Special Report: Eating Our Way Through Europe!

As you may know our family had the opportunity to go on the trip of a lifetime this summer. For the first time ever we took our daughters beyond the borders of the US, and together we visited England, France, Switzerland, and Italy – and what an experience it was! This was one of those trips where “scope creep” ruled. We initially decided we wanted to visit my cousin and his family who have been living in Paris for a year, and the plans just grew from there. Because once you take the plunge to buy plane tickets to travel all that way – why not? One thing I learned from this trip is that our daughters, at 8- and 6-years old, are at the perfect age to go on an adventure like this. They were total troopers even when we pushed the limits more than intended (dinner at 9:30 anyone?). I was really impressed with how well they dealt with so many new (and foreign) environments, the six hour time change, and the days that sight-seeing honestly wore out all four of us. I was diligent about having them keep a daily journal (that they also taped mementos into – like train tickets and museum passes) so they will hopefully remember this experience for years to come!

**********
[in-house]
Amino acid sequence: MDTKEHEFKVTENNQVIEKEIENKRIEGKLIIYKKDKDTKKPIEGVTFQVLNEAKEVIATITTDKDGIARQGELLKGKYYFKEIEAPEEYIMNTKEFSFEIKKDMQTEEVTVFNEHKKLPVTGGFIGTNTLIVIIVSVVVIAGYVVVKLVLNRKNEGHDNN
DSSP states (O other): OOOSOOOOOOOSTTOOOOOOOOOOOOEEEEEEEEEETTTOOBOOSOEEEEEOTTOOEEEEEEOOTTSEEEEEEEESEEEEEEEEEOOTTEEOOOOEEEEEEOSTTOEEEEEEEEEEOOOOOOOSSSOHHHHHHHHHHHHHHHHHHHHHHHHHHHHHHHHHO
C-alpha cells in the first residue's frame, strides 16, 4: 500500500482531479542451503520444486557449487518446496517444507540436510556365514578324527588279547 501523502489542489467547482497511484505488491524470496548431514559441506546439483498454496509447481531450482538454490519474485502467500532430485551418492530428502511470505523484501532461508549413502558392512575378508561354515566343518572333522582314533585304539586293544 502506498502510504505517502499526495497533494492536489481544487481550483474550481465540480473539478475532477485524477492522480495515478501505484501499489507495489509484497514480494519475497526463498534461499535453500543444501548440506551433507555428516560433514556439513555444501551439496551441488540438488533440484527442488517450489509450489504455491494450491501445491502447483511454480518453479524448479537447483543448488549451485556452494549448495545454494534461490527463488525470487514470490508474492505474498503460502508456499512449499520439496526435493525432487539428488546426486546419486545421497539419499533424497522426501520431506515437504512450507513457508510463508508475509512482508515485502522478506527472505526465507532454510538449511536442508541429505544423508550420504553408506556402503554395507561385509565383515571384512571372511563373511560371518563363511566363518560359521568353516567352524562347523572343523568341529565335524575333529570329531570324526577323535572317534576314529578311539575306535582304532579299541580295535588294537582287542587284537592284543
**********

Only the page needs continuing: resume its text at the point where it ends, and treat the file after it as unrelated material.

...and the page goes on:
Europe Visit

Now, let’s discuss the food! For the very first time since our switch to real food we were honestly in just a “go with the flow” mode while on this trip. At home I am very diligent about packing my own food for trips, asking questions before ordering at restaurants, planning ahead, and the like – but with us being gone for so long, knowing there would be a language barrier, and also visiting places that are known for an overall “fresher” cuisine we had little choice other than to just relax quite a bit. And we survived of course! Although, I will say now that we are home, I am looking forward to getting back on track in the real food department :)

Europe Food

Some of the dishes these countries are most known for…

  • London: Bangers and Mash (Sausage and Mashed Potatoes)
  • France: Pastries, Croissants and Crepes
  • Switzerland: Fondue, Pizza (with a potato pancake crust)
  • Italy: Homemade Pasta, of course!